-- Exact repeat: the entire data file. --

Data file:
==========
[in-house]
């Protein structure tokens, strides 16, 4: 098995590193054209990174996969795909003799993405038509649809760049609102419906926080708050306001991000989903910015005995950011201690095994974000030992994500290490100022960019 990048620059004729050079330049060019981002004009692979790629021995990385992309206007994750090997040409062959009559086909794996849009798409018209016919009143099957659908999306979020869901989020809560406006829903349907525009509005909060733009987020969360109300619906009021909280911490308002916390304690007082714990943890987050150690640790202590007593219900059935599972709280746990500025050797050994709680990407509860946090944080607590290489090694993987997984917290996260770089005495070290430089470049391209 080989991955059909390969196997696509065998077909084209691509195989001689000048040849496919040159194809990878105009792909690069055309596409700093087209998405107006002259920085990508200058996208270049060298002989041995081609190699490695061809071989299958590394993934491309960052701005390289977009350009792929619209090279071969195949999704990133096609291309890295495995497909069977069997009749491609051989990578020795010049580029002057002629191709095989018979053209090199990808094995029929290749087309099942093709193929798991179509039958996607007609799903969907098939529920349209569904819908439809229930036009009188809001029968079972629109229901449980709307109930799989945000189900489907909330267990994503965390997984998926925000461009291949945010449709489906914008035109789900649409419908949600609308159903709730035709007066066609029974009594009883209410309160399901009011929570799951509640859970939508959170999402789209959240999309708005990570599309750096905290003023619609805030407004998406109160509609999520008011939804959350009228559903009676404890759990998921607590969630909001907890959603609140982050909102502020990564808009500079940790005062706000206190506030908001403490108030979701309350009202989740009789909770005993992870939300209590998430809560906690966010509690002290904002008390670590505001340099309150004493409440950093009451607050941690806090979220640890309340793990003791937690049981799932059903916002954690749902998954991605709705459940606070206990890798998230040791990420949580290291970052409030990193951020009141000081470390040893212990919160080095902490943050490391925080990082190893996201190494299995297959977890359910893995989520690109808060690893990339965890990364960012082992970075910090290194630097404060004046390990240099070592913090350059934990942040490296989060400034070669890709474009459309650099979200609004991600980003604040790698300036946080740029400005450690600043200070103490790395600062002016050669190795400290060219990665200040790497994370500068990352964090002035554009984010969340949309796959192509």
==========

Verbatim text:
[in-house]
């Protein structure tokens, strides 16, 4: 098995590193054209990174996969795909003799993405038509649809760049609102419906926080708050306001991000989903910015005995950011201690095994974000030992994500290490100022960019 990048620059004729050079330049060019981002004009692979790629021995990385992309206007994750090997040409062959009559086909794996849009798409018209016919009143099957659908999306979020869901989020809560406006829903349907525009509005909060733009987020969360109300619906009021909280911490308002916390304690007082714990943890987050150690640790202590007593219900059935599972709280746990500025050797050994709680990407509860946090944080607590290489090694993987997984917290996260770089005495070290430089470049391209 080989991955059909390969196997696509065998077909084209691509195989001689000048040849496919040159194809990878105009792909690069055309596409700093087209998405107006002259920085990508200058996208270049060298002989041995081609190699490695061809071989299958590394993934491309960052701005390289977009350009792929619209090279071969195949999704990133096609291309890295495995497909069977069997009749491609051989990578020795010049580029002057002629191709095989018979053209090199990808094995029929290749087309099942093709193929798991179509039958996607007609799903969907098939529920349209569904819908439809229930036009009188809001029968079972629109229901449980709307109930799989945000189900489907909330267990994503965390997984998926925000461009291949945010449709489906914008035109789900649409419908949600609308159903709730035709007066066609029974009594009883209410309160399901009011929570799951509640859970939508959170999402789209959240999309708005990570599309750096905290003023619609805030407004998406109160509609999520008011939804959350009228559903009676404890759990998921607590969630909001907890959603609140982050909102502020990564808009500079940790005062706000206190506030908001403490108030979701309350009202989740009789909770005993992870939300209590998430809560906690966010509690002290904002008390670590505001340099309150004493409440950093009451607050941690806090979220640890309340793990003791937690049981799932059903916002954690749902998954991605709705459940606070206990890798998230040791990420949580290291970052409030990193951020009141000081470390040893212990919160080095902490943050490391925080990082190893996201190494299995297959977890359910893995989520690109808060690893990339965890990364960012082992970075910090290194630097404060004046390990240099070592913090350059934990942040490296989060400034070669890709474009459309650099979200609004991600980003604040790698300036946080740029400005450690600043200070103490790395600062002016050669190795400290060219990665200040790497994370500068990352964090002035554009984010969340949309796959192509």